By Ste Rowen
In a super weekend of a don’t-call-it-a comeback year for boxing, the jewel in the crown may very well be the fight people, American networks at least, are paying least attention to.
Yunier Dorticos (21-0-0 20KOs) faces off against Dmitry Kudryashov (21-1-0 21KOs) in San Antonio, Texas in the second quarter final of the Cruiserweight division side of the World Boxing Super Series, that’s already seen betting favorite, Oleksandr Usyk make easy work of veteran boxer Marco Huck, to become the first semifinalist.
Yunier ‘KO Doctor’ Dorticos, holder of the ‘Regular’ WBA World Championship belt has been quietly going about his business in the 200lb division. Only once going the distant in a 10-round shut-out decision against Edison Miranda (a previous light heavyweight opponent of Tony Bellew), Yunier has since made light work of Galen Brown and Fulgencio Zuniga, before participating in a fight of the year contender in 2016 vs Youri Kalenga, his first fight away from US soil. He gave as good as he got in that fight, and he got a lot from the DR Congo native but his superior skills shone through. A solid guard and making Kalenga miss whilst sending a dominant jab and punishing 1,2 combos in reply. Though the 10th round stoppage of Kalenga established Dorticos as a legitimate force in the division, that fight was in May 2016, fourteen months ago, and in that time his opponent, Kudryashov has fought three times.
As stereotypes go, Dmitry ‘Russian Hammer’ Kudryashov fits the mold for ‘Former Soviet Union’ fighters. Involved in combat sports from the age of eight, drafted into the army in 2008 before turning pro in 2011 and a left hook sent from hell. As mentioned above, Kudryashov has been kept active since his one and only defeat at the hands of Olanrewaju Durodola. He was stopped on his feet in Kazan, Russia but has since laid waste to those demons. In his comeback fight against Julio Cesar Dos Santos, the Brazilian’s corner stepped in to end the fight in the 4th round after the Russian Hammer dropped Dos Santos with a right upper cut in a sustained beating, then went onto to wipe out Colombian Santander Silgado in 98 seconds, dropping him once with his fabled left hand before knocking Silgado out ten seconds later with the same punch. Then in June this year, almost seven months on from his surprise defeat Dmitry got the opportunity to exact revenge on Durodola, this time he left no doubt about his status as a top contender. In the fifth round of a competitive bout Kudryashov dropped the Nigerian for the first time with – you guessed it – that left hand and Durodola never recovered. Kurdryashov went in for the kill, fired off his favorite weapon and sent his foe backing up half way across the ring causing the referee to step in and end the fight.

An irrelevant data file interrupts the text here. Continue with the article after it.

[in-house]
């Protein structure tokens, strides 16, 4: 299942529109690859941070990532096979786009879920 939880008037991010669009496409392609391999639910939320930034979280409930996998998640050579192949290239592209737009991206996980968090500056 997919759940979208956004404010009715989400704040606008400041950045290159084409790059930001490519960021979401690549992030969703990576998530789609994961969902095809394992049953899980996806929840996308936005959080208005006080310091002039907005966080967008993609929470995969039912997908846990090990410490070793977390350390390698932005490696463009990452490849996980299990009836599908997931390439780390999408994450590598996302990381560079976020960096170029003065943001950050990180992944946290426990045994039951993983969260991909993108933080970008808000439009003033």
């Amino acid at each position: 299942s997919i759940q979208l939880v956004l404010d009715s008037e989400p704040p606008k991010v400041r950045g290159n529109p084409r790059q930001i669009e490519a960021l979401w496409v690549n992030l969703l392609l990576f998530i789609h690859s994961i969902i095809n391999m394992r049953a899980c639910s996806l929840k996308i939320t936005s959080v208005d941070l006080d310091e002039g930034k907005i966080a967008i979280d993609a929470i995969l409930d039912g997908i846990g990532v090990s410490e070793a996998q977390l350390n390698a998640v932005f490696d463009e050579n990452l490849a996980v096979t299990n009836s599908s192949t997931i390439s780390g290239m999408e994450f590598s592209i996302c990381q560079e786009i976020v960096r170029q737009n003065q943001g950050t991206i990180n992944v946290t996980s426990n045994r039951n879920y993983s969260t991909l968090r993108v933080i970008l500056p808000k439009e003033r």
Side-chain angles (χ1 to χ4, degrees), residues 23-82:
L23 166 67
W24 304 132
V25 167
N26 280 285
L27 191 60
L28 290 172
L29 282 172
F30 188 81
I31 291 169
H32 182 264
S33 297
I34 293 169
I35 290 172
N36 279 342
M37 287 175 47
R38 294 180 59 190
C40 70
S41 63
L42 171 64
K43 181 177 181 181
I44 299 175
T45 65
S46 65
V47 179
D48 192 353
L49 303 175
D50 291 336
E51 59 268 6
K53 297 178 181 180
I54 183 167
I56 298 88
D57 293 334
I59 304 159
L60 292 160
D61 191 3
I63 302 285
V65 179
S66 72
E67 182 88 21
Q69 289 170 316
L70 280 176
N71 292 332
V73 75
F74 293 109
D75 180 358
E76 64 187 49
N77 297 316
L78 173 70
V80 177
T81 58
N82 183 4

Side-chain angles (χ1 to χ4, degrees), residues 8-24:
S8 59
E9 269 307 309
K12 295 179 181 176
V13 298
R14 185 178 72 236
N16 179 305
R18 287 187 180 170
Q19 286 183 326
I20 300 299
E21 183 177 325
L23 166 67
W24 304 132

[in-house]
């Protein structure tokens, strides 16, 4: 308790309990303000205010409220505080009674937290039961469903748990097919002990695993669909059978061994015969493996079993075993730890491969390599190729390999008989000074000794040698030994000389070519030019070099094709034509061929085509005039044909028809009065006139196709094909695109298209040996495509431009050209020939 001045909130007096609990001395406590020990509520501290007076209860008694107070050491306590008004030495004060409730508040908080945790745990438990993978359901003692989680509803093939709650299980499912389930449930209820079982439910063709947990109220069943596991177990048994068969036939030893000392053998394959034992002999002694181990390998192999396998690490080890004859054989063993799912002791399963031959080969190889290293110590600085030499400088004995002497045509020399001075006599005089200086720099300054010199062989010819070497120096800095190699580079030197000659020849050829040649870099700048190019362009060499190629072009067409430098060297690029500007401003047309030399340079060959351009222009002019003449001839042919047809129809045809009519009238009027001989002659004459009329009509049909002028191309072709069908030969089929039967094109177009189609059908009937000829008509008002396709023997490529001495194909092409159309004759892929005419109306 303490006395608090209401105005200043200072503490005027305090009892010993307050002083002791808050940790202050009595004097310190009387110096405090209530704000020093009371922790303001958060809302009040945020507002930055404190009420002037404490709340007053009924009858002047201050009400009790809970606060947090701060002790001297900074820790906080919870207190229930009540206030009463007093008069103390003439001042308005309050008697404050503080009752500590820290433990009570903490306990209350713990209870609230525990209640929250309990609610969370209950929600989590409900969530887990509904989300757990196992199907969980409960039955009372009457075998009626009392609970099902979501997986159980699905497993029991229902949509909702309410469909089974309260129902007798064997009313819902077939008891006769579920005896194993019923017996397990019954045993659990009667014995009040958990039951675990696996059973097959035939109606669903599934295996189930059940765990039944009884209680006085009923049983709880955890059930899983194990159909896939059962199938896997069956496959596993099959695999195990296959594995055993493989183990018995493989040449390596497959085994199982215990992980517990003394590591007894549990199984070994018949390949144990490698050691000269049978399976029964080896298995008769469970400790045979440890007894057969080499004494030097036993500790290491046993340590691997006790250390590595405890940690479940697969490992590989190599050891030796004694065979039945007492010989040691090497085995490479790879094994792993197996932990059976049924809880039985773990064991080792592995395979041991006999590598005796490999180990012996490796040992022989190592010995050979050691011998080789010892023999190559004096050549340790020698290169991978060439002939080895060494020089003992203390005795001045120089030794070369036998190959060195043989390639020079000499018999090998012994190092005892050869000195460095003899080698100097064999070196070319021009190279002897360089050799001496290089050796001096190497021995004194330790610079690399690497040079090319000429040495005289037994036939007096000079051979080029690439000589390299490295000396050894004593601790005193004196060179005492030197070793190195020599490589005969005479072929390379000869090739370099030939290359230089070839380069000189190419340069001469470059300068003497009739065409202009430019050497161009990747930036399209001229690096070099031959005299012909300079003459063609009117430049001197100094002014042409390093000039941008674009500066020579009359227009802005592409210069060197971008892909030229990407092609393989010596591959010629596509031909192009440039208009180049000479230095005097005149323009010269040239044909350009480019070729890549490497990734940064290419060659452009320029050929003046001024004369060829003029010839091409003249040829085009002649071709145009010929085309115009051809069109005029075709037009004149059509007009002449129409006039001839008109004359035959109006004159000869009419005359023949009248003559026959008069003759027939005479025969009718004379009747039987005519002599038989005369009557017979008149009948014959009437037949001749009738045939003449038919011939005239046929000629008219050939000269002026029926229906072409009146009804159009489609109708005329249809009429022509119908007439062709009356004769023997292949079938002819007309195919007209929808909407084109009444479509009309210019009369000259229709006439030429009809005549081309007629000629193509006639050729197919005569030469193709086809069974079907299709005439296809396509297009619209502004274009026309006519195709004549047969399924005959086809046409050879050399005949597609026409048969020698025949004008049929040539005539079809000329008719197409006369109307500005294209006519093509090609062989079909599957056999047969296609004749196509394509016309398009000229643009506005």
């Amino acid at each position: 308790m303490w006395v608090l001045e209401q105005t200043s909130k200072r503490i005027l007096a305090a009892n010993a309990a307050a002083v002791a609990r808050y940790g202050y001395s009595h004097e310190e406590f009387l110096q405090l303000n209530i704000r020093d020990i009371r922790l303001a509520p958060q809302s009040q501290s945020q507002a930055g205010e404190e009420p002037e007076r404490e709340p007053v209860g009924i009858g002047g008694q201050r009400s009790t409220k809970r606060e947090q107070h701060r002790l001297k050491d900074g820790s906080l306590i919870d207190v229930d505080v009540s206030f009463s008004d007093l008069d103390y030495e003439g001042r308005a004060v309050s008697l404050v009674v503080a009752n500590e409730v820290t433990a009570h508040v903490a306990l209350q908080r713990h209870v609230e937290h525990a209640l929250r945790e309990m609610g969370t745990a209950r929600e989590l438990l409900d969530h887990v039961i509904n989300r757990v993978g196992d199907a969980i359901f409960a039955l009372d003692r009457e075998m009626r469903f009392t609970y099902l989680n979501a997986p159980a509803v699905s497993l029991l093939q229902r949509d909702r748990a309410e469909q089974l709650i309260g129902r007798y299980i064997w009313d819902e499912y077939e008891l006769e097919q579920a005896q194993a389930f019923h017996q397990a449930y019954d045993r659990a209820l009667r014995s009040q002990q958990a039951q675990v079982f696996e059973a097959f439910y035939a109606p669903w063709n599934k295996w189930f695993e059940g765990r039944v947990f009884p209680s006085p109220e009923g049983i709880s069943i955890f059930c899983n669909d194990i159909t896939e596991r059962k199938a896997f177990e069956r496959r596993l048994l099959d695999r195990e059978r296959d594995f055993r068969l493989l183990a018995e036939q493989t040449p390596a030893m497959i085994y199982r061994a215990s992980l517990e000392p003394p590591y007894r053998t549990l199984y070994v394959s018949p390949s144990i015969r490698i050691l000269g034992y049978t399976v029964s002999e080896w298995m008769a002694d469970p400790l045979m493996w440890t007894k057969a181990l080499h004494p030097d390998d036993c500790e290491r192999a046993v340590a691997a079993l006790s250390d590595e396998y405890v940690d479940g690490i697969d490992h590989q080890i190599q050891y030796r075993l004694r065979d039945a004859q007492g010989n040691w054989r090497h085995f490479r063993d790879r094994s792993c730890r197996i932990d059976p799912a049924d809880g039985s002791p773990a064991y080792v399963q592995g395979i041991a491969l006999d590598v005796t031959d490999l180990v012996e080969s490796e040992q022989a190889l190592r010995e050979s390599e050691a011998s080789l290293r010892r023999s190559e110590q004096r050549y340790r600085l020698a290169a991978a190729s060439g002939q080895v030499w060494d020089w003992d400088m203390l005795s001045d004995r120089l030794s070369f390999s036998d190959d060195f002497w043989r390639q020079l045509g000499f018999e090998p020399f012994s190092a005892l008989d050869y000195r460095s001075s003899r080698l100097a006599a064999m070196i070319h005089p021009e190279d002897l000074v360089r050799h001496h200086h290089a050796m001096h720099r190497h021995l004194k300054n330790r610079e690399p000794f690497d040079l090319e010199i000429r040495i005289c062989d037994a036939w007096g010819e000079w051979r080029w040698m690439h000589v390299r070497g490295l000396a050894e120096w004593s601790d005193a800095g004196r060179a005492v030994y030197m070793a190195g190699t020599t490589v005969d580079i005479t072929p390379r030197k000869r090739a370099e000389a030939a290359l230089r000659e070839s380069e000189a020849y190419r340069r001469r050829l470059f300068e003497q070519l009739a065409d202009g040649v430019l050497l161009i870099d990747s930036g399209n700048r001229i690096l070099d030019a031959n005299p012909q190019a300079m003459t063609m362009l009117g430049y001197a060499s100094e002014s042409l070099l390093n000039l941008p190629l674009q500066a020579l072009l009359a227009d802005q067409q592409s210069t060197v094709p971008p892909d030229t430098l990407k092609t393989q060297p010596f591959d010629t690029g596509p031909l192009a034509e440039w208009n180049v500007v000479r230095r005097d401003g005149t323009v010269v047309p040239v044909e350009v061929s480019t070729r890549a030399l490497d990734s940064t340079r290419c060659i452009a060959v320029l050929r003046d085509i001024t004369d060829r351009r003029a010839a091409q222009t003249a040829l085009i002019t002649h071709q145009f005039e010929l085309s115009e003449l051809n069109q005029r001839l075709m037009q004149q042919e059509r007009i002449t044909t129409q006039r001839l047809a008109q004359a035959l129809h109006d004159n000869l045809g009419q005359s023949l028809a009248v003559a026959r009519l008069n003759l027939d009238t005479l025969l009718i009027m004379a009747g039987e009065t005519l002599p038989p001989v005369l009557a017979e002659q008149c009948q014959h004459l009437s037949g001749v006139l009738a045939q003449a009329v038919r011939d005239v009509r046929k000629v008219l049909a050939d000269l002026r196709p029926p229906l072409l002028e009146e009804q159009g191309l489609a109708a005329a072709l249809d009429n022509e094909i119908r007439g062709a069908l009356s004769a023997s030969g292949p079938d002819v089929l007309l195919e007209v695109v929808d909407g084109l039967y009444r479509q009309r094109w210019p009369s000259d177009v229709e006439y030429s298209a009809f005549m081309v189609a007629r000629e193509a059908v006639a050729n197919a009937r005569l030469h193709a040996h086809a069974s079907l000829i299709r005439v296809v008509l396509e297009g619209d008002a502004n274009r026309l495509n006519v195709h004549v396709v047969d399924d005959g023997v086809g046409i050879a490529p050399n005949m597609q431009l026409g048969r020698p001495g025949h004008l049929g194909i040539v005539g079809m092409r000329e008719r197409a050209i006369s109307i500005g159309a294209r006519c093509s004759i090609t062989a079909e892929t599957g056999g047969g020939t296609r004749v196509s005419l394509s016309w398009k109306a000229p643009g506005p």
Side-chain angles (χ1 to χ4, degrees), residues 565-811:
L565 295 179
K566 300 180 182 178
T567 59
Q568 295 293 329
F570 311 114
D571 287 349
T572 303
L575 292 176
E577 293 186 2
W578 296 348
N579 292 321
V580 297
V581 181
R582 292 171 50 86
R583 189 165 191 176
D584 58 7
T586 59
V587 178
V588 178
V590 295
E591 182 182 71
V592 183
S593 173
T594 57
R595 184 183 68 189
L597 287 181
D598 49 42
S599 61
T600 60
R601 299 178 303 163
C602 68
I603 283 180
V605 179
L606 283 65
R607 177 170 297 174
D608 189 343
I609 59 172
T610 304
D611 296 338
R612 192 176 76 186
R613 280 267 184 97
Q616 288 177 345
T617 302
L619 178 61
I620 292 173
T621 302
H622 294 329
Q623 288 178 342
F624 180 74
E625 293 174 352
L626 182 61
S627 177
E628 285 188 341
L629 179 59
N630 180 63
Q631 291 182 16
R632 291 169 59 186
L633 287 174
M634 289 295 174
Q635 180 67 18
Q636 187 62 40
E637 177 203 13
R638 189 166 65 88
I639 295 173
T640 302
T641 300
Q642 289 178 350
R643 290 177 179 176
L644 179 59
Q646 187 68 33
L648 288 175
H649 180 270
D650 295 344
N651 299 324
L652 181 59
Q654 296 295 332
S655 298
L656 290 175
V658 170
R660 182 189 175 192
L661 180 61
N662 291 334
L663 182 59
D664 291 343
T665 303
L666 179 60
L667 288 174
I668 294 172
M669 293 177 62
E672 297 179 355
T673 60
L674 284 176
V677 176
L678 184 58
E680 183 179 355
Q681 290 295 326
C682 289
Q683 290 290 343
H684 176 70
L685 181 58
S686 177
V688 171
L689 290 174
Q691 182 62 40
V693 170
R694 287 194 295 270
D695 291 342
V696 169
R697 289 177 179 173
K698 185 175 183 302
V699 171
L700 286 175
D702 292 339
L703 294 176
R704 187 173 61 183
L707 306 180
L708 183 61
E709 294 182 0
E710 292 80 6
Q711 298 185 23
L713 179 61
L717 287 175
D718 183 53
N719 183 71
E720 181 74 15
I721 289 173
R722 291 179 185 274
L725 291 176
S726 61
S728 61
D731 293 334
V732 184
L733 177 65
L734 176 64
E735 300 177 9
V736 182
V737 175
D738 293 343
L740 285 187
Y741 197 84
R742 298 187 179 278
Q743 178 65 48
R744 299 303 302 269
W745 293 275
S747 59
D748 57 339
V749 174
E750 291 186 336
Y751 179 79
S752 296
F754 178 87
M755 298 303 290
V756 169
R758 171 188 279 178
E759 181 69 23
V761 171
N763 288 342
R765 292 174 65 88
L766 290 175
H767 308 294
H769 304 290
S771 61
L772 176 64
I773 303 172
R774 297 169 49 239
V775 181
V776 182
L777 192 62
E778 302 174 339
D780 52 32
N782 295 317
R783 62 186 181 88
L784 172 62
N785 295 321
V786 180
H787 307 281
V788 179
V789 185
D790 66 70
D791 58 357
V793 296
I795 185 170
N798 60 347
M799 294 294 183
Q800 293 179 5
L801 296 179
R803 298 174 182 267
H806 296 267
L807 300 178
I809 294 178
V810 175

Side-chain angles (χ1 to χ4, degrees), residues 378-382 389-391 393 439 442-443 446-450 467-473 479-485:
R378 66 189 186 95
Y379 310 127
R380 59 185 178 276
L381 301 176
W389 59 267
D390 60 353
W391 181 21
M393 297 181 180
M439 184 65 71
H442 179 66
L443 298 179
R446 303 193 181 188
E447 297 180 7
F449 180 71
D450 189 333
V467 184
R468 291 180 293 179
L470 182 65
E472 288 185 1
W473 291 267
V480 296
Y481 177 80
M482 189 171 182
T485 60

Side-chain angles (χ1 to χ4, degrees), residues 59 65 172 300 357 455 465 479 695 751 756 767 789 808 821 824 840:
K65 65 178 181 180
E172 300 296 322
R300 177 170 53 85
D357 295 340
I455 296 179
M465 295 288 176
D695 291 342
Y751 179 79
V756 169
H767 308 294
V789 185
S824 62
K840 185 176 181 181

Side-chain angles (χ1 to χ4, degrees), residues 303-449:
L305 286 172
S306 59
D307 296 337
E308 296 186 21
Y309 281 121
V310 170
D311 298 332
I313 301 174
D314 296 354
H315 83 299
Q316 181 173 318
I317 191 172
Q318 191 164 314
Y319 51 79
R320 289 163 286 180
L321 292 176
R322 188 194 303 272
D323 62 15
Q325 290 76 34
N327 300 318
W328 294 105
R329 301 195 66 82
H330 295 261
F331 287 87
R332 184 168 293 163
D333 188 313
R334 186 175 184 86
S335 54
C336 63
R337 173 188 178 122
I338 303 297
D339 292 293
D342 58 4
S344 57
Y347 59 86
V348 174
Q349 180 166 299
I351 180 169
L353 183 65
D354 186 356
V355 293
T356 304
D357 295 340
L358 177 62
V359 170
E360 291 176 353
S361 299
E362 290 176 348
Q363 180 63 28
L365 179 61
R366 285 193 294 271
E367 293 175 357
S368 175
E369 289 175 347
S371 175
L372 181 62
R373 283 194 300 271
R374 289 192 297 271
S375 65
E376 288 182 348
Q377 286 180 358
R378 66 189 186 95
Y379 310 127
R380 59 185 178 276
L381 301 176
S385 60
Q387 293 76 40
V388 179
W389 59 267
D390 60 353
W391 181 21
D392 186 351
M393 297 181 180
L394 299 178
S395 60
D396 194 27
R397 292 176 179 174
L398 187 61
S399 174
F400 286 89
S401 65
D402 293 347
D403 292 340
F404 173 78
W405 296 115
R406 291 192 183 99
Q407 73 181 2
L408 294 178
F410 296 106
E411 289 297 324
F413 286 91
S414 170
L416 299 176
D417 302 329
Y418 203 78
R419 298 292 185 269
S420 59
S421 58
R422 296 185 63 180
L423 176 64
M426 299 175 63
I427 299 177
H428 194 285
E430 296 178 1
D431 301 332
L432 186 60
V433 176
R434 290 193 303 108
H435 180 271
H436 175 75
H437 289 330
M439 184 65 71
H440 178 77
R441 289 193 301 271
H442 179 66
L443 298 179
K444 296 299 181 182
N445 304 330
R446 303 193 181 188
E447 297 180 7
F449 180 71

Both fighters have displayed power and although Kurdryashov has the edge when it comes to one-punch knockout power, there’s a calculated nastiness to Dorticos punches. He throws with measure, his amateur experience accrued in Cuba has no doubt added to his arsenal and as the old adage goes, precision beats power. Dmitry’s ring craft is nothing to be sniffed at but in his one loss, the problems arose from taking two to land one. His power is in no doubt but if he allows himself to take a volume of punches in search of that one-punch KO, it could be a long night. Then again, we want action and whether one fighter starts to dominate or not, all evidence points to this being a war and not one to miss.
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